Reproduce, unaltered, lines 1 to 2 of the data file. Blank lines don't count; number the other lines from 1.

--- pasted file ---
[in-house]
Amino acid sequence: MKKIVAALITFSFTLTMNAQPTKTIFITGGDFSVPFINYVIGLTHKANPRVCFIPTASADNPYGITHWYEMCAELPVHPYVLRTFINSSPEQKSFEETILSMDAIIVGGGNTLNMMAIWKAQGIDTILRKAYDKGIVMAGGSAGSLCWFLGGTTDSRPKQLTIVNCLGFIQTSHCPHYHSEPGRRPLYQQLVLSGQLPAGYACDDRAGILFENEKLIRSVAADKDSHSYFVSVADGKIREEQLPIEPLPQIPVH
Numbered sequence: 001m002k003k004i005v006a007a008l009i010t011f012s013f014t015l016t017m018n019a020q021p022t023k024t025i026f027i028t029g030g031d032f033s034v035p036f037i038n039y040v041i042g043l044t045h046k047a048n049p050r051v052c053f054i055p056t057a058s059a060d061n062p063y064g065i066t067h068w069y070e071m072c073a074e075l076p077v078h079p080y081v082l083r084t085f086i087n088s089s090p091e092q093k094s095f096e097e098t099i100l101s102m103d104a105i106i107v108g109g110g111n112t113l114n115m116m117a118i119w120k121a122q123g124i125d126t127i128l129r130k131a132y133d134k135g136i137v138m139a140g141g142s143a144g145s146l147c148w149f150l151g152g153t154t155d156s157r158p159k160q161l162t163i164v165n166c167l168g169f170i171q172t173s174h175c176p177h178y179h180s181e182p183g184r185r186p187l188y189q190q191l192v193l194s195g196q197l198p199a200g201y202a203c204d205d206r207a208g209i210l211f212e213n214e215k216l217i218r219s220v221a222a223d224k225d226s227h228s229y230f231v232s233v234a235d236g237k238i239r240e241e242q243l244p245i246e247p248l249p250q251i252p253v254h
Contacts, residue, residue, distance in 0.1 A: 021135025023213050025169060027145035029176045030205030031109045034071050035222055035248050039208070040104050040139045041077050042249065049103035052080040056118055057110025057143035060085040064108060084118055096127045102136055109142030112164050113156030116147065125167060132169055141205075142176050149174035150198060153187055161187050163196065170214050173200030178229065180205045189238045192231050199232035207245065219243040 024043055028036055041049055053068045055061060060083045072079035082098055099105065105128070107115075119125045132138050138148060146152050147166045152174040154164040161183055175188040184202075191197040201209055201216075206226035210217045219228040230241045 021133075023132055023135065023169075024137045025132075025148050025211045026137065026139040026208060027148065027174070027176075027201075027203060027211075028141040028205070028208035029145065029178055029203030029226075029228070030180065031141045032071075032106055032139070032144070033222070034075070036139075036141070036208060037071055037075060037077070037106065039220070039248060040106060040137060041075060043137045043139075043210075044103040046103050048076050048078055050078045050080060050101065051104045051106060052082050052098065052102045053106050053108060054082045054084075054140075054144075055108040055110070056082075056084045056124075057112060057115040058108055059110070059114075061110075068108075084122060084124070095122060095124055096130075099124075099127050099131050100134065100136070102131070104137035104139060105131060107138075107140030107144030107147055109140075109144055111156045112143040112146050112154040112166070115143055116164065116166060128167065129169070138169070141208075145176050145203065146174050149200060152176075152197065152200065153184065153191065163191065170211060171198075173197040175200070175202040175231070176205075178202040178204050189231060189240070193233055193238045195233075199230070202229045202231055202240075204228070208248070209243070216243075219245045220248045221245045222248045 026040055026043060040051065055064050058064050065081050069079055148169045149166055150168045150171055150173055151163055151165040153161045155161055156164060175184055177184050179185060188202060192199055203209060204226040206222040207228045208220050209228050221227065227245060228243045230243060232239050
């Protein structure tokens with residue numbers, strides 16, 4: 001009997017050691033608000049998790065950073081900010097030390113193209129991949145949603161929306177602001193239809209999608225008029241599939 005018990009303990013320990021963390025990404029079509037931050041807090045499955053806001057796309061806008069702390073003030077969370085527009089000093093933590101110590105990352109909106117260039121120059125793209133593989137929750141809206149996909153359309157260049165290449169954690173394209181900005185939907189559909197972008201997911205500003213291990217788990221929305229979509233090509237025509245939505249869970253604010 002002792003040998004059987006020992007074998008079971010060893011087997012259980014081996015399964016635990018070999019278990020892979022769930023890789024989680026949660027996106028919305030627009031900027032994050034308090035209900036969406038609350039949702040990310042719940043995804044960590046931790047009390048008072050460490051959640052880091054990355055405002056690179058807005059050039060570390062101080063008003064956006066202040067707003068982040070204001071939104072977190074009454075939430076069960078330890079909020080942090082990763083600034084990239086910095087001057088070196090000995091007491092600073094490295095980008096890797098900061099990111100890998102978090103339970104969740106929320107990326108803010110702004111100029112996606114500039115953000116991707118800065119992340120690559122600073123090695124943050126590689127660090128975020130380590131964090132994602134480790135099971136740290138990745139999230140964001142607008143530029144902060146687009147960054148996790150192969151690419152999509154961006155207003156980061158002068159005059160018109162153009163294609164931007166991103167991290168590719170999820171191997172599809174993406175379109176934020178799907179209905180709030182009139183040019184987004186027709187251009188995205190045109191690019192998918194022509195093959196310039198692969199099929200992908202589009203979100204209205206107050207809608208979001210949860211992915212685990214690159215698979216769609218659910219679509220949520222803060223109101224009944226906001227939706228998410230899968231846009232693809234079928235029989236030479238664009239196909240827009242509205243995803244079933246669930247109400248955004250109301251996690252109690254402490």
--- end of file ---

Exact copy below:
[in-house]
Amino acid sequence: MKKIVAALITFSFTLTMNAQPTKTIFITGGDFSVPFINYVIGLTHKANPRVCFIPTASADNPYGITHWYEMCAELPVHPYVLRTFINSSPEQKSFEETILSMDAIIVGGGNTLNMMAIWKAQGIDTILRKAYDKGIVMAGGSAGSLCWFLGGTTDSRPKQLTIVNCLGFIQTSHCPHYHSEPGRRPLYQQLVLSGQLPAGYACDDRAGILFENEKLIRSVAADKDSHSYFVSVADGKIREEQLPIEPLPQIPVH